Singapore, Indonesia eye further tie-up in vocational education
itoday - Singapore and Indonesia are keen to explore further collaboration in vocational education, their ministers said yesterday.
Singapore's Education Minister Ong Ye Kung noted that Indonesia's economy has been on an encouraging trajectory and that the current administration is determined to push for industrialisation and job creation.
"To do so, they must have the right policies, attract investments from all over the world and, at the same time, recognise that to attract investments and make sure these translate into jobs, they must have training," Mr Ong told Singapore media as he wrapped up his three-day visit to Indonesia.
"So the setting up of polytechnics across the whole archipelago has always been one of the top priorities of this administration and of MOI (Indonesia's Ministry of Industry.)"
Earlier in the day, he attended the opening ceremony for one of Indonesia's newest polytechnics, the Kendal Furniture and Wood Processing Industry Polytechnic, where Indonesia's Industry Minister Airlangga Hartarto said in a speech that the government is committed to building more polytechnics.
"Jokowi tells us 10 polytechnics are not enough… Can we make it 100?" Mr Airlangga said, referring to Indonesian President Joko Widodo by his popular moniker.
"Minister Ong has a lot of experience in developing people and we would like to learn from Singapore how to increase the capability and the competency of our labour force as well as human resources."
Mr Ong told reporters later that when he hosted Mr Airlangga at Nanyang Polytechnic last year, the Indonesian minister had been eager to get a better understanding of Singapore's polytechnics and SkillsFuture initiative.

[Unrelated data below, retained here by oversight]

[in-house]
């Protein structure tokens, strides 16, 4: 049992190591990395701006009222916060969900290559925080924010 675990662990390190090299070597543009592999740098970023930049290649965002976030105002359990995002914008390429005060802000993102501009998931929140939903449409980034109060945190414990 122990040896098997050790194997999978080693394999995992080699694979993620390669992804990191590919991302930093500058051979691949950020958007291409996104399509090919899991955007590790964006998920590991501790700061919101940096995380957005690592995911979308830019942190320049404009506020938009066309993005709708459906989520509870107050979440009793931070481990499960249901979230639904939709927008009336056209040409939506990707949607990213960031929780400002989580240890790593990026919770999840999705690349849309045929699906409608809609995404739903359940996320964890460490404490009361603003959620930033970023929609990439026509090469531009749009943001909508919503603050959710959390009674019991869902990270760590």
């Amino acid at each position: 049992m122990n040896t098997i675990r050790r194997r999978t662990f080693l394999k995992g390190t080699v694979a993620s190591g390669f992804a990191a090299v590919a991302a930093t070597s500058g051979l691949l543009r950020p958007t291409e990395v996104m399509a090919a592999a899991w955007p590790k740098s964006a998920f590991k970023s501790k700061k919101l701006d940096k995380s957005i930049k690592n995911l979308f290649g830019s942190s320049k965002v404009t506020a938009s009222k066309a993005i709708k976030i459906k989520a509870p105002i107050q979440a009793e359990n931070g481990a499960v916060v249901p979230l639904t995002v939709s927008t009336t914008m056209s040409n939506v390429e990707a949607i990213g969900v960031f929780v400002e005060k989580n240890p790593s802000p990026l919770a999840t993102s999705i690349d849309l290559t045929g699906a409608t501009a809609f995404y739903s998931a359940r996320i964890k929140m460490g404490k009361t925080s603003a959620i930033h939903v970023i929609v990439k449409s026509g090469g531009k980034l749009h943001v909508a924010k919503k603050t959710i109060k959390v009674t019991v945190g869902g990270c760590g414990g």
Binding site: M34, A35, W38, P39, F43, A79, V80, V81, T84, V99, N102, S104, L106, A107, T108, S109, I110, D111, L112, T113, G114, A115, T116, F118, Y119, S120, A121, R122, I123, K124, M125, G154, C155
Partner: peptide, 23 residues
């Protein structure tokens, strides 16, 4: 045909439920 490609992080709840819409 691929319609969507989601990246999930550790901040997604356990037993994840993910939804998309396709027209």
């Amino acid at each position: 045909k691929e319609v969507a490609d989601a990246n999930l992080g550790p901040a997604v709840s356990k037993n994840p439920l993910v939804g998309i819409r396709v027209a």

"Since then, we've been discussing how to deepen this collaboration," added Mr Ong.
Singapore has worked with Indonesian polytechnics namely on "train the trainer" programmes. ITE Education Services, for instance, has worked with MOI to train about 100 trainers and leaders in Indonesia's polytechnics so far. But the country is open to exploring other ways of working together, said Mr Ong.
"Most importantly, so long as the government here is committed, has a national plan, is prepared to support the programme, as Singapore has done through SkillsFuture, then you know there's a long-term plan and I think we can then work together beyond 'train the trainers'," he said.
"We can look at whether we can do curriculum development together, even deliver some modules here."
This has been done in countries such as Myanmar and India, and can be considered in the case of Indonesia, he added.
At the polytechnic, Mr Ong had the chance to speak to students and observe them at work. He also witnessed the signing of an agreement between Singapore Polytechnic and the MOI to deepen cooperation in human resource education and training related to Industry 4.0.
Polytechnics are an important way to build up more training opportunities, supporting Indonesia in its push to embrace Industry 4.0 and create jobs, he told reporters there.
The polytechnic, located in Kendal Industrial Park, a joint venture between Singapore's Sembcorp Development and Indonesia's industrial estate developer PT Jababeka, was first announced at the Singapore-Indonesia Leaders' Retreat in 2017. It welcomed its first batch of students last October; just 99 were picked from 694 applicants, and they already have jobs in 16 furniture companies waiting for them.
Mr Airlangga held up Kendal Industrial Park, a 2,700ha park in the bustling port city of Semarang, as a "success story", adding that he hoped it could be replicated in other areas around Indonesia.
The park was officially opened by President Joko and Singapore Prime Minister Lee Hsien Loong at a Leaders' Retreat in 2016. Since then, it has continued to make progress, with 48 companies committed and with US$500 million (S$676 million) in investments.
Sembcorp in 2016 said that about 100,000 jobs are expected to be created by 2021, when the first phase of the project is complete.
Noting how the park was just "an empty piece of land" some years ago, Mr Airlangga said: "If Indonesia and Singapore can work closer, then what we would like to achieve together can happen at the speed of light."